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Balance: Is the Floor Moving?

This can be done in a group or with a single child.

  • Spread out a sheet on the floor. If the floor is carpeted, that’s softer. But where children are concerned, sometimes softness is underrated. So it is not essential to have a carpeted room.
  • Have everyone kneel on the floor beside the sheet.
  • Encourage one or two toddlers, preschoolers, and elementary-aged children at a time to walk on the sheet while others make waves, by shaking the sheet up and down. (If you are alone with just one child, anchor two edges of the sheet under chairs and you hold the other two edges and make waves.)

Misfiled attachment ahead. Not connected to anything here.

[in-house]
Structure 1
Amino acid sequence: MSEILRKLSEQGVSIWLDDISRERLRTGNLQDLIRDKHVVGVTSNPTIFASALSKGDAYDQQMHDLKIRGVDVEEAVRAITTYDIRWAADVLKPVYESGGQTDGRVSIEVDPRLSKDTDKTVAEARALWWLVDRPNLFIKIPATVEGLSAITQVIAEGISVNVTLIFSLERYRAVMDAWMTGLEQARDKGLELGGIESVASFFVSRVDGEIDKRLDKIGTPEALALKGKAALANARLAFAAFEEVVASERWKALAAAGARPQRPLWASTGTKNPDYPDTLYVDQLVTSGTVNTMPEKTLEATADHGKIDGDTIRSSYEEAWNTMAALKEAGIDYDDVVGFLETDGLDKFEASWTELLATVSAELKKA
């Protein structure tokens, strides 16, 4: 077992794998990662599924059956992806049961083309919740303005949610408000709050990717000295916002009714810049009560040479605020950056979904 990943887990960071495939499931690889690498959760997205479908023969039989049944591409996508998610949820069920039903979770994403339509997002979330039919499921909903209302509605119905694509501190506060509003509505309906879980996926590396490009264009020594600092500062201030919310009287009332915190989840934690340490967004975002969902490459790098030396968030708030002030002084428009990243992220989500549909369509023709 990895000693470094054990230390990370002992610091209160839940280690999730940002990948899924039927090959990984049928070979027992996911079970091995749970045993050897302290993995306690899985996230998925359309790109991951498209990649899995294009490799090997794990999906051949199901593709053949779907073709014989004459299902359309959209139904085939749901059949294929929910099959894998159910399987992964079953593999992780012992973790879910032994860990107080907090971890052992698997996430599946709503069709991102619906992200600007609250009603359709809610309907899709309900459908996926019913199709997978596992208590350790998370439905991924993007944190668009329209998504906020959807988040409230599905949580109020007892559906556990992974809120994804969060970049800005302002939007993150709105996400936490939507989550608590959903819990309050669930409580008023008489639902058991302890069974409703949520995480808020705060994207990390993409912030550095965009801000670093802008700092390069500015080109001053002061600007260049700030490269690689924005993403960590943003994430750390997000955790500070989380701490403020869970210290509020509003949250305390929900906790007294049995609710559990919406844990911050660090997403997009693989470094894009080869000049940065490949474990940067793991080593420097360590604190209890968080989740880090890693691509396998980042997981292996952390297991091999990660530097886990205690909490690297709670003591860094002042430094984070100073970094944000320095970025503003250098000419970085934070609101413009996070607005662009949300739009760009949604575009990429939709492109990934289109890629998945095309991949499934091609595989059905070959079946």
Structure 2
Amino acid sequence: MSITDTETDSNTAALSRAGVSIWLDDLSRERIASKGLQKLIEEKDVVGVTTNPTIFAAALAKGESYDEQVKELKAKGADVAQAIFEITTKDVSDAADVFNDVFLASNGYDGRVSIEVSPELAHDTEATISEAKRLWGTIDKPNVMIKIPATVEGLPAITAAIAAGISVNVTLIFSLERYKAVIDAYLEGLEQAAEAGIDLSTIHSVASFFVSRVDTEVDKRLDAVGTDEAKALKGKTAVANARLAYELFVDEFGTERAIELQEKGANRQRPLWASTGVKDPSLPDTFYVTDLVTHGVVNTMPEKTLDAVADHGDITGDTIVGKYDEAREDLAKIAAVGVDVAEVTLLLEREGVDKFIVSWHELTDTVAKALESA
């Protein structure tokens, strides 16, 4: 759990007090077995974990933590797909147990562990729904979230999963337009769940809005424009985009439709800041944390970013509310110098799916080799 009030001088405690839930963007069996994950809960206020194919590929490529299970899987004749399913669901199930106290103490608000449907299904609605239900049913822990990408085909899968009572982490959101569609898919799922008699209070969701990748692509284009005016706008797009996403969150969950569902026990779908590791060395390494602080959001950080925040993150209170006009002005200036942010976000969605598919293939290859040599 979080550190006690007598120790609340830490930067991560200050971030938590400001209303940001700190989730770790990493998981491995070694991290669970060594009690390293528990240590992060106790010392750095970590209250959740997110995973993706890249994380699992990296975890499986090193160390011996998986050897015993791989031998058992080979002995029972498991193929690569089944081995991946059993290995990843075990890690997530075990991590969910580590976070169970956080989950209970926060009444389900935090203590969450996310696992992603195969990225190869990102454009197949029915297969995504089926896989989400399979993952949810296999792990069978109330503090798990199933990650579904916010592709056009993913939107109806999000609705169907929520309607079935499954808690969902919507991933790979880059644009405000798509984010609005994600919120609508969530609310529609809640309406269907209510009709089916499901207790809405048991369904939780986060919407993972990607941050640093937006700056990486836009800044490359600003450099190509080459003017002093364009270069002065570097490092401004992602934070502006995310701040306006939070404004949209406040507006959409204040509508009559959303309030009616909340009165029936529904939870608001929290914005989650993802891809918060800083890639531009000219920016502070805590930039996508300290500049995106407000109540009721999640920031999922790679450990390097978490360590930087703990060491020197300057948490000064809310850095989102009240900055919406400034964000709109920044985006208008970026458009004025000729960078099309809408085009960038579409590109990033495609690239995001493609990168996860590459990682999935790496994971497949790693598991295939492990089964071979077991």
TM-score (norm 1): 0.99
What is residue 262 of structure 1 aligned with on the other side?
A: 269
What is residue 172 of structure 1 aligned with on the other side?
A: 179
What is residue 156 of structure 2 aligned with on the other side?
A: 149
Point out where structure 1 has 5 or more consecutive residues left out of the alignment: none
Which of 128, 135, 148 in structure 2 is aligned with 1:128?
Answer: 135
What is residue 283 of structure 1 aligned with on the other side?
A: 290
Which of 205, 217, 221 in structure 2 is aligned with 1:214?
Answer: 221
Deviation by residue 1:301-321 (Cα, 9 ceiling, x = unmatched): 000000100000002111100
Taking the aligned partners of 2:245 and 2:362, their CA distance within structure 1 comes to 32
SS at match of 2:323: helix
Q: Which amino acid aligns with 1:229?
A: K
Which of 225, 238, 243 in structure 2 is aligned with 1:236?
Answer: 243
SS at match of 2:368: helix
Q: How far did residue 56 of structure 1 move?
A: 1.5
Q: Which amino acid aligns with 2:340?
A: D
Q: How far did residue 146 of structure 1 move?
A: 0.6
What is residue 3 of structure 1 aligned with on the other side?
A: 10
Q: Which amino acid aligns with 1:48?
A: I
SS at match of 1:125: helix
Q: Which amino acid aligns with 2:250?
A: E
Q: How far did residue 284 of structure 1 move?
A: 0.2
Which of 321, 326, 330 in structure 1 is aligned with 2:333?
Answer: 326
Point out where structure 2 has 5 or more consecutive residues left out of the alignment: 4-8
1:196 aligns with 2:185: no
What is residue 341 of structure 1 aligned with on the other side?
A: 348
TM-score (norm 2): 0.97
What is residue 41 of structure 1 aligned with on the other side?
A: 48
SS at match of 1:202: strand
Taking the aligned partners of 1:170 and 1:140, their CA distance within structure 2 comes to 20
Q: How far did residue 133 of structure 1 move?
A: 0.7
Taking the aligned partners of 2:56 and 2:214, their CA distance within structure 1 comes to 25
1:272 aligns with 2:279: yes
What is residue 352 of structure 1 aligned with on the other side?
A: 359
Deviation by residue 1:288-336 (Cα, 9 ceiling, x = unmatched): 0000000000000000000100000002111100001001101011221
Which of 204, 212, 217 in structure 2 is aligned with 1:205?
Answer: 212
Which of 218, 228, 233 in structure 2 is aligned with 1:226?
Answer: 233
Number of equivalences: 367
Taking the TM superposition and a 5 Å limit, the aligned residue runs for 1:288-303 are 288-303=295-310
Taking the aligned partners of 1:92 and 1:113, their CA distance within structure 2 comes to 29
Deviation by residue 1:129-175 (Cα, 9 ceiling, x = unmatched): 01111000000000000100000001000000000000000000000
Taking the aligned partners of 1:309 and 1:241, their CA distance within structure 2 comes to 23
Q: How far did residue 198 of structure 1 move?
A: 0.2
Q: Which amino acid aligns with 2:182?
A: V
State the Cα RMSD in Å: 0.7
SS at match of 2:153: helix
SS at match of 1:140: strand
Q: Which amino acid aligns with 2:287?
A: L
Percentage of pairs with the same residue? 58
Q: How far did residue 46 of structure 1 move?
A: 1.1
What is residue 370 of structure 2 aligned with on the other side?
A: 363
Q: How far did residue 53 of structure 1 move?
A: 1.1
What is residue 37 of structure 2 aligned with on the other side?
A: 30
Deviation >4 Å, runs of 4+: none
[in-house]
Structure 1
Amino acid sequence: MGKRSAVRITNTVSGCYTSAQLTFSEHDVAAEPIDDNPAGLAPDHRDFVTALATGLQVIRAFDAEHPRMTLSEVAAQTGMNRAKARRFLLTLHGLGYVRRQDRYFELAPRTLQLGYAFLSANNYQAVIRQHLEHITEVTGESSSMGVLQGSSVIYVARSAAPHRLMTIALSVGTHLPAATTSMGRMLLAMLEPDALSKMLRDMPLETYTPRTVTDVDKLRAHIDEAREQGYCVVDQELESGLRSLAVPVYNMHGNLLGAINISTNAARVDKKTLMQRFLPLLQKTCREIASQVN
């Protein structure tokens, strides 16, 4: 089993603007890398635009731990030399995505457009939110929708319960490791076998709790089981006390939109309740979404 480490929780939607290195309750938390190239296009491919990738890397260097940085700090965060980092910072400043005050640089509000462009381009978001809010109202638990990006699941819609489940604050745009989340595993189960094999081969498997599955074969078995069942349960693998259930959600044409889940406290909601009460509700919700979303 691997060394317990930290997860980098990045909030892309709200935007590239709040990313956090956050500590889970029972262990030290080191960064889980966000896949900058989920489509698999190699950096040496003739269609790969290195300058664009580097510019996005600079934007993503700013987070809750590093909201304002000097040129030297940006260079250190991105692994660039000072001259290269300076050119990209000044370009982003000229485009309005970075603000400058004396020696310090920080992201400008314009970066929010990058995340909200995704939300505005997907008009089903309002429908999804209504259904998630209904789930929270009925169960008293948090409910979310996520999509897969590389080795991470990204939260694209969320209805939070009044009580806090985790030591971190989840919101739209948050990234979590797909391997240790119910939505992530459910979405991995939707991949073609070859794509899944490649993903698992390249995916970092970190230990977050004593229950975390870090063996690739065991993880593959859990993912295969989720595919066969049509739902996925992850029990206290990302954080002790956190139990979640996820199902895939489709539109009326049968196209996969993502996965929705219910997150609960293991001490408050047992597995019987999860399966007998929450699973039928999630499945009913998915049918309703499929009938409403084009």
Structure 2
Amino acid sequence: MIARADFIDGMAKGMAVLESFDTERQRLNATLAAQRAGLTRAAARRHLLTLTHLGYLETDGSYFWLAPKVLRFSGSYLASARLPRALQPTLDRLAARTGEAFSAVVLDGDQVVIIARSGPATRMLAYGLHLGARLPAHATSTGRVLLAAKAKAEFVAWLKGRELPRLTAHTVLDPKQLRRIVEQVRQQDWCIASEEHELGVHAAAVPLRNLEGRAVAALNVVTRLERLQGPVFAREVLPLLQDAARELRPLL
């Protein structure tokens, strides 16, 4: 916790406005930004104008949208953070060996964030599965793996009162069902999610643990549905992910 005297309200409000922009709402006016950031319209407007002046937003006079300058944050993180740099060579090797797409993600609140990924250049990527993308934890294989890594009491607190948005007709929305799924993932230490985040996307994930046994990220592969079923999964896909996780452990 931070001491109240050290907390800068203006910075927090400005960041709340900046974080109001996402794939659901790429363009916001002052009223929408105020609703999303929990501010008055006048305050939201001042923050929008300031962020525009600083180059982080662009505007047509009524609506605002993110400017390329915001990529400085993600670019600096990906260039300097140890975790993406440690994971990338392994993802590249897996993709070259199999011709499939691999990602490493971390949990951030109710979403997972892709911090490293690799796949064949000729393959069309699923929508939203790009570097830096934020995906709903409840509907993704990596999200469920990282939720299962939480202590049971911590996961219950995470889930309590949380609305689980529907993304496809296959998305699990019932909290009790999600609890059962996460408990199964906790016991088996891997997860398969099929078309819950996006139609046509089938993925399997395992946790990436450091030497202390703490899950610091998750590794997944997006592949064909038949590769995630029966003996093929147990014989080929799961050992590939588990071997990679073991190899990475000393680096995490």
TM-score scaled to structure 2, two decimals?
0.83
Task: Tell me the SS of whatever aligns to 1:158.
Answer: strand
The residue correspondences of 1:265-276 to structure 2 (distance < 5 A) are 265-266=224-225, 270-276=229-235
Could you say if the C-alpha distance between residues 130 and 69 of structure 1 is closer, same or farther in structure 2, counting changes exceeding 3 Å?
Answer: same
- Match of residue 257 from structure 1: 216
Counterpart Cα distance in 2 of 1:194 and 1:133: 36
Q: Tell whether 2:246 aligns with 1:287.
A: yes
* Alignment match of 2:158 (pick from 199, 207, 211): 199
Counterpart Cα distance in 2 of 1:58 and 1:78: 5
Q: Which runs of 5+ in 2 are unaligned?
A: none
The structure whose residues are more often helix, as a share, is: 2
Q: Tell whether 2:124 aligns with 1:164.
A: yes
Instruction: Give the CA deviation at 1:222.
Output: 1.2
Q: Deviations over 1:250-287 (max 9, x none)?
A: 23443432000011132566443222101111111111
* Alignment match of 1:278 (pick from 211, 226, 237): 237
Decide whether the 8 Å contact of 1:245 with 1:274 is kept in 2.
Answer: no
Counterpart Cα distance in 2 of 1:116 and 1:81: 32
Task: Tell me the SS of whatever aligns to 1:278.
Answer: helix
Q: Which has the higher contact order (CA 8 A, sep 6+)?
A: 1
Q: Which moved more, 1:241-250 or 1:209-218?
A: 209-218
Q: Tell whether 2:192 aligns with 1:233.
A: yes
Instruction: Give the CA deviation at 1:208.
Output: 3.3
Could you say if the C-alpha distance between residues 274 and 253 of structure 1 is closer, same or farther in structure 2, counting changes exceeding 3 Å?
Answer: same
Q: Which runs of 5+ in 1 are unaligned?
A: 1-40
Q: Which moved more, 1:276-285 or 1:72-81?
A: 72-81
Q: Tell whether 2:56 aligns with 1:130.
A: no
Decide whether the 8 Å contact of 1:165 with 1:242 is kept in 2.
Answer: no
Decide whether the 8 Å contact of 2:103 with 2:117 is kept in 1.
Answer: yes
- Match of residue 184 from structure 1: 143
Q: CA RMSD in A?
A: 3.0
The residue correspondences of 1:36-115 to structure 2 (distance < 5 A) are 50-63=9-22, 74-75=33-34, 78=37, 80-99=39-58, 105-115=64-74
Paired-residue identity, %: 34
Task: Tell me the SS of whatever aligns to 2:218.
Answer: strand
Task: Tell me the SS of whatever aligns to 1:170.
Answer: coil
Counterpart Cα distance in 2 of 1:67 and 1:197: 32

• It looks like the floor is moving, even though the floor under the fabric is flat. The eyes tell the brain that the floor is wavy, but the nerves in the feet say it is stable. It’s a wild experience. You can try it, too.
  • This helps balance. Their bodies learn to listen to all of the internal and external cues and to walk carefully to avoid falls.
  • Variation: Have the children crawl, roll (tucked like balls, hugging their knees), or log-roll (stretched out straight) on top of the waves.

Let them use their imaginations to pretend they are at the beach jumping waves, or in the desert in waves of blowing sand.